Mercury is the closest planet to the Sun. You could be forgiven for confusing a picture of Mercury with a picture of the Moon. It is a grey world and is heavily marked by craters from meteor impacts.
As Mercury is closer to the Sun than the Earth, it orbits the Sun quicker than the Earth. It takes 88 days to orbit the Sun, so 1 year on Mercury is 88 days long. The name Mercury comes from Roman mythology where Mercury was the messenger of the gods. Mercury spins slower than Earth and only spins once for every 2 orbits of the Sun. This means that on Mercury, a day lasts the same as 176 Earth days.
Mercury is too small to have any significant atmosphere. There is a very thin atmosphere made of atoms of hydrogen, helium, and oxygen. The temperature on the surface of Mercury ranges from −173°C on the night side, to 427°C on the daytime side. Despite the extremely high temperatures on the day side of the planet, there is strong evidence, collected by various Earth based radio telescopes and the Messenger spacecraft, that water ice exists in very deep craters near the poles. This is possible because the water ice would be permanently in shadow, and therefore remain in freezing cold conditions.
Mercury is very heavily cratered from meteor impacts. As there is no weather on Mercury, craters don’t get eroded the same way they would on Earth. One interesting fact about the craters on Mercury is that under the International Astronomical Union (IAU) rules, named craters on Mercury must be named after an artist, composer, or writer who was famous for more than 50 years, and has been dead for more than three years. For example, there is a crater called Disney, named after Walt Disney.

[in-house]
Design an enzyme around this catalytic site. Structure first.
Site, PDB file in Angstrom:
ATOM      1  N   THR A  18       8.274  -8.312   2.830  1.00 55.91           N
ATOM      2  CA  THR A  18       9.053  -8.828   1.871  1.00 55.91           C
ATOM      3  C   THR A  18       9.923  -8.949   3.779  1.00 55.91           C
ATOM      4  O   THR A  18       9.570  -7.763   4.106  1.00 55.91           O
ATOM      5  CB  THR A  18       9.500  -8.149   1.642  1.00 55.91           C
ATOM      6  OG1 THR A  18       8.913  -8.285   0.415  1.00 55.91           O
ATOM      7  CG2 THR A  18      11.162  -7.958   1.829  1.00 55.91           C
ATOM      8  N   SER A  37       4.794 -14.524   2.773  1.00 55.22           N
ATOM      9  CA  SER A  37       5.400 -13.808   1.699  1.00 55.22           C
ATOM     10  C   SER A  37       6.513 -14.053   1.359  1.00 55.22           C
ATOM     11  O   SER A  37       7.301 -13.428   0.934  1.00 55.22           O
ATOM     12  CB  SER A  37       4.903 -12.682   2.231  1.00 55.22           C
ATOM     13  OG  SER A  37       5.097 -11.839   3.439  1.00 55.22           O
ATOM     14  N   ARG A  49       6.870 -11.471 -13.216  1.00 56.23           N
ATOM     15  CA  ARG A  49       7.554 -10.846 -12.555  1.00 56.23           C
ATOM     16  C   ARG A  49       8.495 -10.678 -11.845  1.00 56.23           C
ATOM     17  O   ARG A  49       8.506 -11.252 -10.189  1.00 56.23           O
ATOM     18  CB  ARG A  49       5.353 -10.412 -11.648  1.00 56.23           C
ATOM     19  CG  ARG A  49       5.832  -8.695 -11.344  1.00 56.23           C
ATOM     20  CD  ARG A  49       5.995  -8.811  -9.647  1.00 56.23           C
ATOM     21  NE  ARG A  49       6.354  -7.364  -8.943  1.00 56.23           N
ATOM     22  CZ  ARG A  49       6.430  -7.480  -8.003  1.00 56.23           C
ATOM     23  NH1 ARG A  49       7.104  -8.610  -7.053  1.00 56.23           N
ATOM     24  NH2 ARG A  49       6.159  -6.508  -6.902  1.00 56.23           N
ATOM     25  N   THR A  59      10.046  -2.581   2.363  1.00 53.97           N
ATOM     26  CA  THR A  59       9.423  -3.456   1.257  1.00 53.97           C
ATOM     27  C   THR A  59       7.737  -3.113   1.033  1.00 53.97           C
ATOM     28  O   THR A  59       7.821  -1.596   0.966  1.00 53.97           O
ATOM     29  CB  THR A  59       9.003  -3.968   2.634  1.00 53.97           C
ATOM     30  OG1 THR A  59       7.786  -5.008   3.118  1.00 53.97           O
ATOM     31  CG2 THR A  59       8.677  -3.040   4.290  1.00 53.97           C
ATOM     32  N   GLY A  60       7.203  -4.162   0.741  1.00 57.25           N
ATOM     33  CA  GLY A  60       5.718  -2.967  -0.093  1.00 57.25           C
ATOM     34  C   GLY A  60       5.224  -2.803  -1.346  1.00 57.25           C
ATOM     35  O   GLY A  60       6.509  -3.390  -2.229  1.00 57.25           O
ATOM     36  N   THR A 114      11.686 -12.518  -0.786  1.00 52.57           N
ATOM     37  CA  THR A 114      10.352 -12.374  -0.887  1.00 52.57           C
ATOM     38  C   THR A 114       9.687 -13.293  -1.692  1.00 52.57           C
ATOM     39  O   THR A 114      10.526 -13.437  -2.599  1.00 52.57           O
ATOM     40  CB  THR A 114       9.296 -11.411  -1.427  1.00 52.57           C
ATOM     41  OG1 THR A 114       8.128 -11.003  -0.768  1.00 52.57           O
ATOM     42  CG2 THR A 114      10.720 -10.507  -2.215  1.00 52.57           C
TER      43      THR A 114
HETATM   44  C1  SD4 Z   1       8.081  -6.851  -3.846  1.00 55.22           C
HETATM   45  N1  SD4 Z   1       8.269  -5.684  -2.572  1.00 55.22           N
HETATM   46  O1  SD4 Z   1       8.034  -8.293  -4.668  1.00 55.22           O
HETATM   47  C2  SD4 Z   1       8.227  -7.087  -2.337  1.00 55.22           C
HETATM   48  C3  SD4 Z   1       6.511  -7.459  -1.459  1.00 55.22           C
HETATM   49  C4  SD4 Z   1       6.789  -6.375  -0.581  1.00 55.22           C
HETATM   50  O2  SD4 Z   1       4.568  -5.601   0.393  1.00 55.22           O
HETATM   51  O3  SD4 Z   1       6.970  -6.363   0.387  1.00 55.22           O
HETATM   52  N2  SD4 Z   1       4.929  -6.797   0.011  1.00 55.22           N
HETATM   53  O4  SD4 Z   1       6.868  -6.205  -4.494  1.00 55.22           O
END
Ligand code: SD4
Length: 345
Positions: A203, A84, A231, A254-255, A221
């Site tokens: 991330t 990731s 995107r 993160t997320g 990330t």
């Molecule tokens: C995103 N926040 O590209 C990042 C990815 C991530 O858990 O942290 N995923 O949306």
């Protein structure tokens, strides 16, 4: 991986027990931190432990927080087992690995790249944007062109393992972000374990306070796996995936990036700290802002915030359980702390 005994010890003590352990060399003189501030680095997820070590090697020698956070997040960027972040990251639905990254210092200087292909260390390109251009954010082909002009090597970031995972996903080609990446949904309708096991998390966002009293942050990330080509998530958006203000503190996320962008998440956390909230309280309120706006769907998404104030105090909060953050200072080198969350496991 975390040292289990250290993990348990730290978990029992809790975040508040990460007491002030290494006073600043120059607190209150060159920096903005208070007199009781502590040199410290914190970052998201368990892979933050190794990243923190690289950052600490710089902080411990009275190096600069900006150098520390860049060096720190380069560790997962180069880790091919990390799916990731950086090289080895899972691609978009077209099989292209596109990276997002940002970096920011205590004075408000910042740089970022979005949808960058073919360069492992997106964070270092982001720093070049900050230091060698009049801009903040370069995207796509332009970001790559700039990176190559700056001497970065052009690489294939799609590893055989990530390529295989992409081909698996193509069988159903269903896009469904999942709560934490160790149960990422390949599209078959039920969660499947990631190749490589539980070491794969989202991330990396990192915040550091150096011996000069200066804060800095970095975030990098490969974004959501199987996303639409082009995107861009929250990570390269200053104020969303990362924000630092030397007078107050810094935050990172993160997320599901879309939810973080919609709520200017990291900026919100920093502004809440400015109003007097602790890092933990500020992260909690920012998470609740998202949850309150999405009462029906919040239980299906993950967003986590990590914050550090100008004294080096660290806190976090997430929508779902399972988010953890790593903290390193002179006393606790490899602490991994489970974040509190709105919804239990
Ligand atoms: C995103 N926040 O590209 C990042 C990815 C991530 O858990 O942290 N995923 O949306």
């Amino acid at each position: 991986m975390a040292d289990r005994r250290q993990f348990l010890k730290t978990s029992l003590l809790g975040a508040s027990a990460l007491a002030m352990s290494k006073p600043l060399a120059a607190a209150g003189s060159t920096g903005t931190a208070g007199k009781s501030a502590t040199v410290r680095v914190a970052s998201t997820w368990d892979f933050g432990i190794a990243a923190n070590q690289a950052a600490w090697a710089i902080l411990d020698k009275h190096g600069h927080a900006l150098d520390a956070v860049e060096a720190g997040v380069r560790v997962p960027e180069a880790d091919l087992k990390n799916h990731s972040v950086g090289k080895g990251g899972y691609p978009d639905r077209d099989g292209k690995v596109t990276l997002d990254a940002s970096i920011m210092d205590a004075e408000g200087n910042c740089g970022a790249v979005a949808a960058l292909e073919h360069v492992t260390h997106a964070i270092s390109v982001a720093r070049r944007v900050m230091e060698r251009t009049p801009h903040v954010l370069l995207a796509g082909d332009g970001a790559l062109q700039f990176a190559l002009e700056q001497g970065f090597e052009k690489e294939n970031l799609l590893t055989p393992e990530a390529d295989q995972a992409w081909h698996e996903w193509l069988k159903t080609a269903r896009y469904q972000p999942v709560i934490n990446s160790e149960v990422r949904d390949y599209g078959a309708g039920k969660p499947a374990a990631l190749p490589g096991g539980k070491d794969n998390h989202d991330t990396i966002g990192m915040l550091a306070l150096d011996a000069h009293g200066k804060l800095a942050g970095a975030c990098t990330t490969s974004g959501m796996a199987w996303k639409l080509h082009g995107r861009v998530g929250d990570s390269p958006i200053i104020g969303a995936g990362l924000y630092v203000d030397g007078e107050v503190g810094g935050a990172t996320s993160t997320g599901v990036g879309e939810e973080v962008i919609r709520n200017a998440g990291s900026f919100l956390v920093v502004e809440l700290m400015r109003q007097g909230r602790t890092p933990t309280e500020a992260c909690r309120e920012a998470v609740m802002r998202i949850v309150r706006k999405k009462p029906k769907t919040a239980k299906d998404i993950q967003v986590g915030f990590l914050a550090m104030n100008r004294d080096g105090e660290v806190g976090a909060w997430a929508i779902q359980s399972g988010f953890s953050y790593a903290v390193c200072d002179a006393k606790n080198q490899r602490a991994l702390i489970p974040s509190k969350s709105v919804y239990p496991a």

Observing Mercury with a telescope is difficult from Earth as it never gets too far from the Sun in the sky. It is also difficult to get to Mercury with a spacecraft. As Mercury is closer to the Sun than the Earth, Mercury is traveling faster than the Earth around the Sun. This means any spacecraft travelling to Mercury needs to slow down drastically to be able to enter into an orbit around the planet. So far two spacecraft have successfully made it to Mercury. Mariner 10 was launched by NASA in 1973 and made 3 flybys of Mercury during 1974 and 1975. This was the first time we obtained detailed, up close images of the planet’s surface. One problem was that each time Mariner passed, the same side of the planet was in sunlight, so it was only possible to image part of the surface. Mariner 10 also discovered that Mercury has a magnetic field.
The other spacecraft to reach Mercury is MESSENGER, which is an acronym for MErcury Surface, Space ENvironment, GEochemistry, and Ranging. It was launched in 2004 by NASA, and entered orbit in 2011. The probe mapped the surface in detail as well as finding evidence of volcanic activity, a liquid iron core, water ice and organic compounds in the dark craters. In October 2018 the European Space Agency (ESA) and the Japanese Space Agency (JAXA) launched the next mission to Mercury, BepiColombo. It will reach Mercury in December 2025.
If you fancy a chance to see Mercury for yourself, it is possible but difficult. Mercury can be quite bright, but the problem is that as it is so close to the Sun in the sky, it always appears in twilight when the sky is not fully dark. If you are looking for Mercury, always make sure that the Sun it below the horizon to avoid accidental eye damage. In the month of May 2020 it is visible in the evening sky after sunset. It is close to Venus on the 21st and 22nd of May which makes it easier to find. On the evening of May 24th, the crescent moon, Venus and Mercury are all close, making a lovely sight. Go out and have a look and see if you can join the 1% of the world’s population that can say they have seen Mercury with their own eyes!